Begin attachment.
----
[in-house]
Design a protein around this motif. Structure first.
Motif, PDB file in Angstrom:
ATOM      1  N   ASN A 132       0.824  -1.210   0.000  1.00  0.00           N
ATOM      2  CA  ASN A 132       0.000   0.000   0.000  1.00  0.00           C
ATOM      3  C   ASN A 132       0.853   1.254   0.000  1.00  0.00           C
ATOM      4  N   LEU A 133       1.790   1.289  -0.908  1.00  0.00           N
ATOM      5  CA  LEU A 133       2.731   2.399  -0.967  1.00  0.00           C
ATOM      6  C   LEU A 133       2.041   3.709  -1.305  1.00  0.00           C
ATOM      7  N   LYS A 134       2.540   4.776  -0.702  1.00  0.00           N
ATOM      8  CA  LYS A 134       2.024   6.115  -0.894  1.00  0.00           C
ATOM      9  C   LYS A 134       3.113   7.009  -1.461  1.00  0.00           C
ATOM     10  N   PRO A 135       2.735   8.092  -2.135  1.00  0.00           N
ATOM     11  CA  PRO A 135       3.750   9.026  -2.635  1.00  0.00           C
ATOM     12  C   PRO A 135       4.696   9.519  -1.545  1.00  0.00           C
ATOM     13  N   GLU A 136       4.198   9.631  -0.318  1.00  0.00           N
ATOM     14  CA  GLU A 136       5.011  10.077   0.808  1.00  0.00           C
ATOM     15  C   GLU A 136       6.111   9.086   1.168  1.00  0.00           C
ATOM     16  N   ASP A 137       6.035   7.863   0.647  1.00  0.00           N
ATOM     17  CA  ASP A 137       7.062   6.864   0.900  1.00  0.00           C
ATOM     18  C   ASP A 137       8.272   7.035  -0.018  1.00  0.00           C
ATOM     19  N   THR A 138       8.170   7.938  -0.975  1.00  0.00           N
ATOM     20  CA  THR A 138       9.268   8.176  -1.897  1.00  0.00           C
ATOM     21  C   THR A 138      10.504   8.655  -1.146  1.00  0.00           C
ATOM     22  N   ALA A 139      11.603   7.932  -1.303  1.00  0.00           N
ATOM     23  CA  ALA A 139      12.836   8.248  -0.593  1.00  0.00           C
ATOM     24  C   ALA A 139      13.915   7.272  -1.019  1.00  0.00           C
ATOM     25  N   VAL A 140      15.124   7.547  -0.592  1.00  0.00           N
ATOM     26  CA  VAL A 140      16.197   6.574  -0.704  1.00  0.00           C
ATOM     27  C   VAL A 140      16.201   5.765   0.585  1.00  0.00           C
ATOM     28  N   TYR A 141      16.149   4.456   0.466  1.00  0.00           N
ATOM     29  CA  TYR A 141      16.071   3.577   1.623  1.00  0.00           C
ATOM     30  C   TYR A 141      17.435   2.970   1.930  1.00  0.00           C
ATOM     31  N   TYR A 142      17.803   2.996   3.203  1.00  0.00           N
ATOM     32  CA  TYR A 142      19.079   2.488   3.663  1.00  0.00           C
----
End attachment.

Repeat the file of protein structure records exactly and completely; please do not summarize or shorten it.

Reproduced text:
[in-house]
Design a protein around this motif. Structure first.
Motif, PDB file in Angstrom:
ATOM      1  N   ASN A 132       0.824  -1.210   0.000  1.00  0.00           N
ATOM      2  CA  ASN A 132       0.000   0.000   0.000  1.00  0.00           C
ATOM      3  C   ASN A 132       0.853   1.254   0.000  1.00  0.00           C
ATOM      4  N   LEU A 133       1.790   1.289  -0.908  1.00  0.00           N
ATOM      5  CA  LEU A 133       2.731   2.399  -0.967  1.00  0.00           C
ATOM      6  C   LEU A 133       2.041   3.709  -1.305  1.00  0.00           C
ATOM      7  N   LYS A 134       2.540   4.776  -0.702  1.00  0.00           N
ATOM      8  CA  LYS A 134       2.024   6.115  -0.894  1.00  0.00           C
ATOM      9  C   LYS A 134       3.113   7.009  -1.461  1.00  0.00           C
ATOM     10  N   PRO A 135       2.735   8.092  -2.135  1.00  0.00           N
ATOM     11  CA  PRO A 135       3.750   9.026  -2.635  1.00  0.00           C
ATOM     12  C   PRO A 135       4.696   9.519  -1.545  1.00  0.00           C
ATOM     13  N   GLU A 136       4.198   9.631  -0.318  1.00  0.00           N
ATOM     14  CA  GLU A 136       5.011  10.077   0.808  1.00  0.00           C
ATOM     15  C   GLU A 136       6.111   9.086   1.168  1.00  0.00           C
ATOM     16  N   ASP A 137       6.035   7.863   0.647  1.00  0.00           N
ATOM     17  CA  ASP A 137       7.062   6.864   0.900  1.00  0.00           C
ATOM     18  C   ASP A 137       8.272   7.035  -0.018  1.00  0.00           C
ATOM     19  N   THR A 138       8.170   7.938  -0.975  1.00  0.00           N
ATOM     20  CA  THR A 138       9.268   8.176  -1.897  1.00  0.00           C
ATOM     21  C   THR A 138      10.504   8.655  -1.146  1.00  0.00           C
ATOM     22  N   ALA A 139      11.603   7.932  -1.303  1.00  0.00           N
ATOM     23  CA  ALA A 139      12.836   8.248  -0.593  1.00  0.00           C
ATOM     24  C   ALA A 139      13.915   7.272  -1.019  1.00  0.00           C
ATOM     25  N   VAL A 140      15.124   7.547  -0.592  1.00  0.00           N
ATOM     26  CA  VAL A 140      16.197   6.574  -0.704  1.00  0.00           C
ATOM     27  C   VAL A 140      16.201   5.765   0.585  1.00  0.00           C
ATOM     28  N   TYR A 141      16.149   4.456   0.466  1.00  0.00           N
ATOM     29  CA  TYR A 141      16.071   3.577   1.623  1.00  0.00           C
ATOM     30  C   TYR A 141      17.435   2.970   1.930  1.00  0.00           C
ATOM     31  N   TYR A 142      17.803   2.996   3.203  1.00  0.00           N
ATOM     32  CA  TYR A 142      19.079   2.488   3.663  1.00  0.00           C